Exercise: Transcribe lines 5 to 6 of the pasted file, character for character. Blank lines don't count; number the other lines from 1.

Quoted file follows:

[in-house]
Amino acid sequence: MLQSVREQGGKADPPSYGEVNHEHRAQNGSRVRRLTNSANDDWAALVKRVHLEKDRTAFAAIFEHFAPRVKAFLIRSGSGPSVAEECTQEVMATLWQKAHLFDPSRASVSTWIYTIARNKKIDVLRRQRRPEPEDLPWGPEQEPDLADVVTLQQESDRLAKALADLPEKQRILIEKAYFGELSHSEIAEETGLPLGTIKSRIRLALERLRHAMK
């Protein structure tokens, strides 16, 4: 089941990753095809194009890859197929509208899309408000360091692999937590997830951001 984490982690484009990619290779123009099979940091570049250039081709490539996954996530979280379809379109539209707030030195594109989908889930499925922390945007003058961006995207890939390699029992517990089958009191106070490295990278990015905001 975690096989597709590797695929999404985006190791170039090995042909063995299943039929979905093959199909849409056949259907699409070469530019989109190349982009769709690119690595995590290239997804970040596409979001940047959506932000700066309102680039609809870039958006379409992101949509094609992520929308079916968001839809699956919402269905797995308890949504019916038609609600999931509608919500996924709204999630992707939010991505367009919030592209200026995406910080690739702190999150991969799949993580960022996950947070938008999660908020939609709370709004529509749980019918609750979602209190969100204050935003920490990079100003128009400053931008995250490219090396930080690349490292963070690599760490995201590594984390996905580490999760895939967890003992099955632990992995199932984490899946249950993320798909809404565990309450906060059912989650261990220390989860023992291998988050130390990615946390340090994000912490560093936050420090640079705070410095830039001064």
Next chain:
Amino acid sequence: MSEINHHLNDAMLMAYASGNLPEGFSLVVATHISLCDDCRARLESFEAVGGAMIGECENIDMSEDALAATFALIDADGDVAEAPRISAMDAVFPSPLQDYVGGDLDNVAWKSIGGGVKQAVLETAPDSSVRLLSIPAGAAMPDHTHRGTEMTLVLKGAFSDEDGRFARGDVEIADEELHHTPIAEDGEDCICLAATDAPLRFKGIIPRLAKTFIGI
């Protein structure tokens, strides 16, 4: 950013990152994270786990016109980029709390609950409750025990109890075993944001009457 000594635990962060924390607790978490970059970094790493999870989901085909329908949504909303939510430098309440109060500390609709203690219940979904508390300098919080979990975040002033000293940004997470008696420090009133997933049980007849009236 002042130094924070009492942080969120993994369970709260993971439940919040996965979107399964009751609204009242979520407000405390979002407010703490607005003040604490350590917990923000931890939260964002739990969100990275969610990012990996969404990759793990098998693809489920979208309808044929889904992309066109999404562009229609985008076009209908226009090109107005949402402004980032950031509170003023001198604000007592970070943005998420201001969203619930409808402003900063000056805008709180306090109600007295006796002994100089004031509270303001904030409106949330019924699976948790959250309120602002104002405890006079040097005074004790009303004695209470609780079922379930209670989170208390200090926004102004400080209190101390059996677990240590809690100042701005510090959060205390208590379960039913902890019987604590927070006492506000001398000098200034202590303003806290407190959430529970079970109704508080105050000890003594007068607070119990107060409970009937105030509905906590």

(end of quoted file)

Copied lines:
Amino acid sequence: MSEINHHLNDAMLMAYASGNLPEGFSLVVATHISLCDDCRARLESFEAVGGAMIGECENIDMSEDALAATFALIDADGDVAEAPRISAMDAVFPSPLQDYVGGDLDNVAWKSIGGGVKQAVLETAPDSSVRLLSIPAGAAMPDHTHRGTEMTLVLKGAFSDEDGRFARGDVEIADEELHHTPIAEDGEDCICLAATDAPLRFKGIIPRLAKTFIGI
């Protein structure tokens, strides 16, 4: 950013990152994270786990016109980029709390609950409750025990109890075993944001009457 000594635990962060924390607790978490970059970094790493999870989901085909329908949504909303939510430098309440109060500390609709203690219940979904508390300098919080979990975040002033000293940004997470008696420090009133997933049980007849009236 002042130094924070009492942080969120993994369970709260993971439940919040996965979107399964009751609204009242979520407000405390979002407010703490607005003040604490350590917990923000931890939260964002739990969100990275969610990012990996969404990759793990098998693809489920979208309808044929889904992309066109999404562009229609985008076009209908226009090109107005949402402004980032950031509170003023001198604000007592970070943005998420201001969203619930409808402003900063000056805008709180306090109600007295006796002994100089004031509270303001904030409106949330019924699976948790959250309120602002104002405890006079040097005074004790009303004695209470609780079922379930209670989170208390200090926004102004400080209190101390059996677990240590809690100042701005510090959060205390208590379960039913902890019987604590927070006492506000001398000098200034202590303003806290407190959430529970079970109704508080105050000890003594007068607070119990107060409970009937105030509905906590």